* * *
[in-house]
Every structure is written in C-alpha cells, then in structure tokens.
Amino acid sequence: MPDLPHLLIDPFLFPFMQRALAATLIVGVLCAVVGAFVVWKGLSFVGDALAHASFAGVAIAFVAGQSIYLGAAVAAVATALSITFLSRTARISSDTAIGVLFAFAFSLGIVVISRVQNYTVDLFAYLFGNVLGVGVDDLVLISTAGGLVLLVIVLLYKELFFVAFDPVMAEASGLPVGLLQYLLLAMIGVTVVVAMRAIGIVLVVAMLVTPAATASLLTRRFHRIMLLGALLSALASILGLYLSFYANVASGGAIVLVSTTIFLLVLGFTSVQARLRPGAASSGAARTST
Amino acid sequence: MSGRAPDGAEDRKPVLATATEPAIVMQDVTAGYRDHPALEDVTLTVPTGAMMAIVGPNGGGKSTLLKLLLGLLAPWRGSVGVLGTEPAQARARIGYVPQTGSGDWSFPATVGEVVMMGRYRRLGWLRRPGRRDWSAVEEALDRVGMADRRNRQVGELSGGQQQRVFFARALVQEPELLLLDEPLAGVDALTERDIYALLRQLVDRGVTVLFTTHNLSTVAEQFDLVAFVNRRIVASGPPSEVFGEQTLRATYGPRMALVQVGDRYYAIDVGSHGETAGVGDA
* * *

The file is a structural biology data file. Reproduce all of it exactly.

[in-house]
Every structure is written in C-alpha cells, then in structure tokens.
Amino acid sequence: MPDLPHLLIDPFLFPFMQRALAATLIVGVLCAVVGAFVVWKGLSFVGDALAHASFAGVAIAFVAGQSIYLGAAVAAVATALSITFLSRTARISSDTAIGVLFAFAFSLGIVVISRVQNYTVDLFAYLFGNVLGVGVDDLVLISTAGGLVLLVIVLLYKELFFVAFDPVMAEASGLPVGLLQYLLLAMIGVTVVVAMRAIGIVLVVAMLVTPAATASLLTRRFHRIMLLGALLSALASILGLYLSFYANVASGGAIVLVSTTIFLLVLGFTSVQARLRPGAASSGAARTST
Amino acid sequence: MSGRAPDGAEDRKPVLATATEPAIVMQDVTAGYRDHPALEDVTLTVPTGAMMAIVGPNGGGKSTLLKLLLGLLAPWRGSVGVLGTEPAQARARIGYVPQTGSGDWSFPATVGEVVMMGRYRRLGWLRRPGRRDWSAVEEALDRVGMADRRNRQVGELSGGQQQRVFFARALVQEPELLLLDEPLAGVDALTERDIYALLRQLVDRGVTVLFTTHNLSTVAEQFDLVAFVNRRIVASGPPSEVFGEQTLRATYGPRMALVQVGDRYYAIDVGSHGETAGVGDA